Climate Lessons from Plants, Past to Future

Even though the Phytotron was created a long time ago, it is still state of the art today thanks to the amazing team who keeps it running.

We can control temperature, we can control various conditions of the air and the atmosphere, the humidity, and it really allows us to interrogate how plants can be resilient to adverse conditions.

Lucia Strader, professor of Biology
Rows of seedlings growing ion small plastic containers of dirt.
The Duke Phytotron allows researchers to grow plants in carefully controlled environments simulating future climate conditions. (John West/Trinity Communications)

“Duke actually had the one of the first phytotrons in the country,” said Sheng-Yang He, Benjamin E. Powell Distinguished Professor of Biology. “People were coming from different universities in the country to do their experiments at Duke, and that’s part of the reason why Duke is so famous for plant research. It trained generations of students who are now leaders in plant biology all over the world.”

An intricate pressed flower, photographed and technically cataloged. Dated 11 May, 1960
Specimens such as this Lady slipper’s orchid contain data crucial to our understanding of the impacts of climate change. (Duke Herbarium)

The Duke Herbarium precedes the Phytotron by a bit more than 40 years, but some of the specimens it holds are much, much older.

“When you go into the Herbarium and open a cabinet, you can be in 1789, or 1999,” said Kathleen Pryer, professor of Biology and director of the Duke Herbarium.

Pryer pulls a folder containing specimens of Lady slipper orchids in flower and points out how, by comparing the collection date and locality of those collected in the early 1900’s to those collected through the century since, one can quickly see that these orchids have been flowering much earlier in the year than they used to, a response to warming temperatures.

“People doing field studies now can go out and they may have 20 years of data, maybe 50 years of data, perhaps even 100 years of data, but you really can't beat the Herbarium for the kind of data that is locked up in here,” she says.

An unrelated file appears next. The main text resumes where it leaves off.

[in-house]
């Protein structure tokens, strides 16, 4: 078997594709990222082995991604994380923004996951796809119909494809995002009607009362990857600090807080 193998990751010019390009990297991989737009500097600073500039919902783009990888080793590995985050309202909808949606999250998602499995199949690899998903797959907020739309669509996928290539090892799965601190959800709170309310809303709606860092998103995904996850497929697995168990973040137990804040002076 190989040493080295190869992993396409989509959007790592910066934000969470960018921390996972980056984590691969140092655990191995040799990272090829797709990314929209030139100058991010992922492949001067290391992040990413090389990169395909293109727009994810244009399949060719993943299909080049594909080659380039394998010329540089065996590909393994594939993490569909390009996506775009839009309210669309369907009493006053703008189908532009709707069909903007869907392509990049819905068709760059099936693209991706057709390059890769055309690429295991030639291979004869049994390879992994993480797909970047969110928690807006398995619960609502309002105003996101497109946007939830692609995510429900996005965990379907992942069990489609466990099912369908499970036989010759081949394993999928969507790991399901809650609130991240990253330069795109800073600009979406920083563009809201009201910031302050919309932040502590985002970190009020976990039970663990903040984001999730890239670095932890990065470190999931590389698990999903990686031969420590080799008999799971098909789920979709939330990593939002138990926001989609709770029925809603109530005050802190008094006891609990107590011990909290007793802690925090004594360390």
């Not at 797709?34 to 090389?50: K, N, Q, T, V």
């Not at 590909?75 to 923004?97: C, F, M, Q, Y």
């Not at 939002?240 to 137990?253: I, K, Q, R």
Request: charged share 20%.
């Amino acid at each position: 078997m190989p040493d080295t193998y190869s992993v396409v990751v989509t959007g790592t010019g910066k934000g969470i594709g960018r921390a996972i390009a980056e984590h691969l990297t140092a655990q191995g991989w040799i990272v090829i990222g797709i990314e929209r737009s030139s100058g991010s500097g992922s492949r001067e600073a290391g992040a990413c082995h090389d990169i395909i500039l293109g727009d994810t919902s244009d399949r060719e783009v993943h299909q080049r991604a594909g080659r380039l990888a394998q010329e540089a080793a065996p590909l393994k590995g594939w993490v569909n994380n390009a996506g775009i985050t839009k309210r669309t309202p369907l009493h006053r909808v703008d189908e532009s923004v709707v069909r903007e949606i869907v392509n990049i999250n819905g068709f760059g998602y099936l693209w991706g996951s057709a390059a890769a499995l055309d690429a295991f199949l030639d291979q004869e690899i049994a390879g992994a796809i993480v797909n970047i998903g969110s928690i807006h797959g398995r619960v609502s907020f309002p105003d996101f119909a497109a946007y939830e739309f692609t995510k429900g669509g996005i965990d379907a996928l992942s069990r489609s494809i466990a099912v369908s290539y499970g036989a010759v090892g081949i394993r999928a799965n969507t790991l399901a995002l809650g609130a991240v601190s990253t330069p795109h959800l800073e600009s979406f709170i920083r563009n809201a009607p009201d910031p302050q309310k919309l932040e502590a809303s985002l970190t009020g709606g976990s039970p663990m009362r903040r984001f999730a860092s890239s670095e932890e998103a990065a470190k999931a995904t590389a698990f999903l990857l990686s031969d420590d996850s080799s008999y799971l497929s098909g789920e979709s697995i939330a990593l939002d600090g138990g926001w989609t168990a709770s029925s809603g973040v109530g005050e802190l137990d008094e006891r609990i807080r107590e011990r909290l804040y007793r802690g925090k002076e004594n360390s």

And “locked” isn’t the right word. A recent digitization grant from the National Science Foundation allowed high resolution images of these specimens to be produced and made available online to anyone in the world. Loans between institutions also give researchers access to the physical specimens, which are needed for studies requiring the extraction of DNA or chemical compounds.

Pryer and Windham hope that the Duke Climate Commitment will bring renewed attention to the collection. “These are invaluable resources,” said Pryer. “There is no better record of the climate of the past than a herbarium.”

People may not come from all over the world to use Duke’s Phytotron anymore, but it is still an invaluable resource for the region. Many biotechnology companies in the Research Triangle that work at the intersection of agriculture and climate solutions rely on it to conduct their experiments in extremely well-controlled conditions.

“If you think about herbaria, you can study how plants behaved in the past. Phytotrons are really the current and the future,” said He. But the future we are envisioning now is a bit different than the one envisioned when the Duke Phytotron was originally built.

“We could do even more if we had a better version of the Phytotron,” said He. “Fifty-five years ago, we were not predicting some of the conditions that we're experiencing now and that are in our future. Having a modernized facility would really allow us to stay at the forefront of the global fight against climate change.”

Correction: Since the filming of this video, Lucia Strader has been promoted to Professor of Biology.

Series: Campus as a Research Lab
A Climate Commitment Series

This series aligns with the Duke Climate Commitment, which unites the university’s education, research, operations and public service missions to address the climate crisis.